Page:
Recipe for Hamentaschen

This is a sugar cookie-style recipe, which is a common homemade style. In stores or at synagogues, you will often see a bigger, more yeasty style, but I don't have a recipe for that.

I recently made some changes to the recipe that make it easier to measure (2/3 cup butter? really?), easier to roll and less prone to pop open in the oven (but still just as tasty!). The new recipe makes almost twice as much batter (40-50 hamentaschen using a 3-1/4 inch cutting tool), but I used to double the original recipe anyway. Below is the ingredient list for this new recipe, alongside the original recipe for anyone who has used it before and wants to stick with it.

I use a mixer to make the batter these days. I used to mix it by hand, but I was a lot younger then. You may need to adjust the flour amount slightly if you mix by hand.

New   Original

New Ingredient List

  • 3/4 cup butter or margarine
  • 3/4 cup sugar
  • 2 eggs
  • 2 tbsp. orange juice (the smooth kind, not the pulpy)
  • 2 cups white flour
  • 1-1/2 cups wheat flour (DO NOT substitute white flour! The wheat flour is necessary to achieve the right texture!)
  • 2 tsp. baking powder
  • 1 tsp. cinnamon
  • 1 tsp. dried orange peel (2 tsp. if fresh)
  • Various preserves, fruit butters and/or pie fillings.

Original Ingredient List

  • 2/3 cup butter or margarine
  • 1/2 cup sugar
  • 1 egg
  • 1/4 cup orange juice (the smooth kind, not the pulpy)
  • 1 cup white flour
  • 1 cup wheat flour (DO NOT substitute white flour! The wheat flour is necessary to achieve the right texture!)
  • 2 tsp. baking powder
  • 1 tsp. cinnamon
  • Various preserves, fruit butters and/or pie fillings.


Blend butter and sugar thoroughly. Add the egg and blend thoroughly. Add OJ and blend thoroughly. Add flour, 1/2 cup at a time, alternating white and wheat, blending thoroughly between each. Add the baking powder, cinnamon and orange peel before the last half cup of flour. Refrigerate batter for an hour or two (preferably overnight for the original recipe). Roll as thin as you like. I roll it between two sheets of parchment paper dusted with flouer for best results. Cut out 3 or 4 inch circles. I use a 3-1/4 inch diameter drinking glass as a cutting tool. Set aside the excess dough for the next batch and flip the circles before filling to make it easier to fold when the time comes.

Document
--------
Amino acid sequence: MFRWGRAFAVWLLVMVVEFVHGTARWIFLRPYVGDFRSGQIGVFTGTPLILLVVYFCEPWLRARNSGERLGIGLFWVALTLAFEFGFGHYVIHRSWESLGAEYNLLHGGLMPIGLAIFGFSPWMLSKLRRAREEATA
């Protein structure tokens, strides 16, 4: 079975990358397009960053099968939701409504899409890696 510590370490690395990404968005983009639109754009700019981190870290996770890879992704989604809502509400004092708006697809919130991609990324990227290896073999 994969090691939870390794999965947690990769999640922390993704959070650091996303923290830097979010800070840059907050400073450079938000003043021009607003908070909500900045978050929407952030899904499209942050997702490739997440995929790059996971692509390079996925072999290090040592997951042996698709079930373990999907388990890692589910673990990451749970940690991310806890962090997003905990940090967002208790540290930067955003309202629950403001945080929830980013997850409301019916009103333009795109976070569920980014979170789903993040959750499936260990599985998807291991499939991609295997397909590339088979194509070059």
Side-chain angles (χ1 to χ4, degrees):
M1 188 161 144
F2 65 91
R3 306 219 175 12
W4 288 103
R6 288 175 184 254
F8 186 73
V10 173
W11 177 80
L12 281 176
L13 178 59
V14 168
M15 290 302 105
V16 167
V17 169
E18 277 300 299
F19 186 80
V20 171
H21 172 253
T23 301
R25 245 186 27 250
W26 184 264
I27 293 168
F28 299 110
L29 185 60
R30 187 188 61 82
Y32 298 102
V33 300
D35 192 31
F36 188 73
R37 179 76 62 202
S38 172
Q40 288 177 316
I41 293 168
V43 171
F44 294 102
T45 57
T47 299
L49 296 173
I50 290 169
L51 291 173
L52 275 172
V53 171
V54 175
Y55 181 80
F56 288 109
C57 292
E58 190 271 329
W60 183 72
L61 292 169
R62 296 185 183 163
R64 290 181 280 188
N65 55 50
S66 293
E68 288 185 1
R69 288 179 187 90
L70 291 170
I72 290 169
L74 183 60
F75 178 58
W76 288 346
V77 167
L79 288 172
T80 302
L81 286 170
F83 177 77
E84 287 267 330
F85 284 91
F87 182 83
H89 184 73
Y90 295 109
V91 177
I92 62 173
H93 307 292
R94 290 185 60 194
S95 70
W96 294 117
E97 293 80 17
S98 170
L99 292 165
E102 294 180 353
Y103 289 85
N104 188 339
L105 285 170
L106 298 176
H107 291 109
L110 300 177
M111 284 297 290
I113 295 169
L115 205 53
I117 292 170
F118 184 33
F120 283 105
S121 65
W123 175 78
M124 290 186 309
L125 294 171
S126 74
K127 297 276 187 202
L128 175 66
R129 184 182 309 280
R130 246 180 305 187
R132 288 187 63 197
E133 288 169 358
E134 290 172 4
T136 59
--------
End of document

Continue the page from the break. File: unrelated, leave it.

Proper folding of HamentaschenPut a dollop of filling in the middle of each circle. Fold up the sides to make a triangle, folding the last corner under the starting point, so that each side has corner that folds over and a corner that folds under (see picture). Folding in this "pinwheel" style will reduce the likelihood that the last side will fall open while cooking, spilling out the filling. It also tends to make a better triangle shape.

Bake at 350 degrees for about 15-20 minutes, until golden brown but before the filling boils over!

Traditional fillings are poppy seed and prune, but apricot is my favorite. Apple butter, orange marmalade, pineapple preserves, and cherry pie filling all work quite well. I usually use grocery store brand fruit preserves, and of course the traditional Simon Fischer brand prune lekvar. I have also made some with Nutella (chocolate-hazelnut spread); I find it a bit dry that way, but some people like it. The Nutella was less dry when I mixed it with marshmallow fluff, and a recent mix of Nutella and cherry preserves got rave reviews at the office.